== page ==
System Does Matter + Lumpley Principle = ?

September 26, 2008

In talking with Brand, it’s abundantly clear that the majority of the post-Forge indie roleplaying scene is still wrestling with how to answer this question, myself included. “System does matter” still seems to mean “mechanics matter” in most cases, where the ‘Loopily Poopily’ (as Vincent likes to call it) defines system as “everything that happens at the table,” including all inter-player interactions that have nothing to do with written game mechanics. We still have a hard time making those matter, taking them seriously as something we should pay attention to. This problem is probably the most central one facing our design and play community in the past 5 years, and will continue to be for probably the next 5 years.

6 Responses to “System Does Matter + Lumpley Principle = ?”

  1. DevP Says:

    Everything that happens at the table does matter.

    …It’s a broad thing.

  2. misuba Says:

    Yes! And those ten years are a pretty reasonable timeframe – an ambitious one, really – for a whole community to really take responsibility for all it does in the real world at the real table.


  3. So we need to develop a set of tools for regularly inspiring internally consistent social dynamics in semi-arbitrary groups (I suppose starting with inspiring useful self-selection in potential players, so the groups will be less arbitrarily composed of people who are more likely to enjoy the given game) ?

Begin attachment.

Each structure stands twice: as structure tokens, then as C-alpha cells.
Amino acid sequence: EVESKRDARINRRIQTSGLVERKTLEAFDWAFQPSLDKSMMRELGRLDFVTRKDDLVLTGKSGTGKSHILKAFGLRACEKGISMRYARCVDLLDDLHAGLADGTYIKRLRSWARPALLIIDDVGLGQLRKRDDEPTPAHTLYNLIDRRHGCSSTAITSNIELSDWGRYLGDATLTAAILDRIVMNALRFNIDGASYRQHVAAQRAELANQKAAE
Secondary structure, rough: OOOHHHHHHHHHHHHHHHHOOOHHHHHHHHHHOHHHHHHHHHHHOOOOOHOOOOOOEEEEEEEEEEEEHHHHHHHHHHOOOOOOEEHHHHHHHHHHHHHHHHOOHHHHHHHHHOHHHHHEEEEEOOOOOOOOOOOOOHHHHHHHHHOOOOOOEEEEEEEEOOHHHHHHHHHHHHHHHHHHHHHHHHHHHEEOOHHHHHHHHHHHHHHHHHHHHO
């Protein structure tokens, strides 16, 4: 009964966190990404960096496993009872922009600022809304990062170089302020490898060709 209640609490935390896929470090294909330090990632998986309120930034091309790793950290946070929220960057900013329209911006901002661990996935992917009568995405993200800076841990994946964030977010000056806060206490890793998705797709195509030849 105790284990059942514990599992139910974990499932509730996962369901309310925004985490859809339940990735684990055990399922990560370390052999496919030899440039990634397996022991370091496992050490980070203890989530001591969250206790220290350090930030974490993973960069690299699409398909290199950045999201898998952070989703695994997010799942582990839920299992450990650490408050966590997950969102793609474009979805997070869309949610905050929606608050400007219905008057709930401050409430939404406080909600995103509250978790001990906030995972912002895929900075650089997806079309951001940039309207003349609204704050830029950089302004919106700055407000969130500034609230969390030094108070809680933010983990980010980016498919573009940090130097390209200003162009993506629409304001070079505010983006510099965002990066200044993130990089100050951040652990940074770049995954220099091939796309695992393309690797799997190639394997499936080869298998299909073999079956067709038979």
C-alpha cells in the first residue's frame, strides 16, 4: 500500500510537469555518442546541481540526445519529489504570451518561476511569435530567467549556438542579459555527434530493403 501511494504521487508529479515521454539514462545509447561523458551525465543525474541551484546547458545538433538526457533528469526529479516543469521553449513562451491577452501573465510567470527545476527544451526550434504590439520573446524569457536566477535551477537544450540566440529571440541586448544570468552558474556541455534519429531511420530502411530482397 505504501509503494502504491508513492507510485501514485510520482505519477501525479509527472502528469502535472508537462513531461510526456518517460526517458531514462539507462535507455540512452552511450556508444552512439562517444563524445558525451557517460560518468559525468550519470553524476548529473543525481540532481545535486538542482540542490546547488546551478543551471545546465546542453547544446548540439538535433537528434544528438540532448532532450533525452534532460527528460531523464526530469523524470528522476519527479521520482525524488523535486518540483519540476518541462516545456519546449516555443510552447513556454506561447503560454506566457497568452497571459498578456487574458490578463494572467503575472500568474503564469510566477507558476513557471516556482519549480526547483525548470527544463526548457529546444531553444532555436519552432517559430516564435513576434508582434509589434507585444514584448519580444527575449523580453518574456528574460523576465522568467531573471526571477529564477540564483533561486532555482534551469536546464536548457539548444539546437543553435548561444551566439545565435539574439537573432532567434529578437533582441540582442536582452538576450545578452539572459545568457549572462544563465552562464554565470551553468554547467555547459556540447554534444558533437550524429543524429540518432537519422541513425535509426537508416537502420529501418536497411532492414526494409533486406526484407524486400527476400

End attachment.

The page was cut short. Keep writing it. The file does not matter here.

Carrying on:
Cool. We really are a talking about a new art form.

  4. Meserach Says:

    “…including all inter-player interactions that have nothing to do with written game mechanics…”

    Well, therin lies the rub, doesn’t it? Could a game specify all the social mechanics, or at least all the salient ones? Or is it inevitable that some social mechanics either can’t or won’t be changed in service to a game text?

    I mean, what if a game really did specify who should order the pizza, and what to do in event of a personal argument at the table, or if one guy phones and can’t make it? Or at least the general principles by which these social interactions should be managed?

    The package of nebulous stuff, what Ron calls the “murk”, sometimes turned “how to roleplay”, definitely needs a good bit more specificating.

    But at some point one does have to make a philosophical decision: can you expect your game players to conform their socialisation to the text as much as is required to make the game work, however much effort and change that involves? Or instead, should you expect your game only to work for people with the right pre-existing social dynamics?


  5. […] this post, Jonathan Walton asks “System Matters + Lumpley Principle = ?’.  At ‘Story by the Throat’, a […]

  6. Jonathan Walton Says:

    Can you expect your game players to conform their socialisation to the text as much as is required to make the game work, however much effort and change that involves? Or instead, should you expect your game only to work for people with the right pre-existing social dynamics?

    Yeah, that’s it right there. That’s what I think a lot of people haven’t quite figured out yet, either where they stand on either of those questions or, once they know where they stand, how to deal with the ramifications of that.


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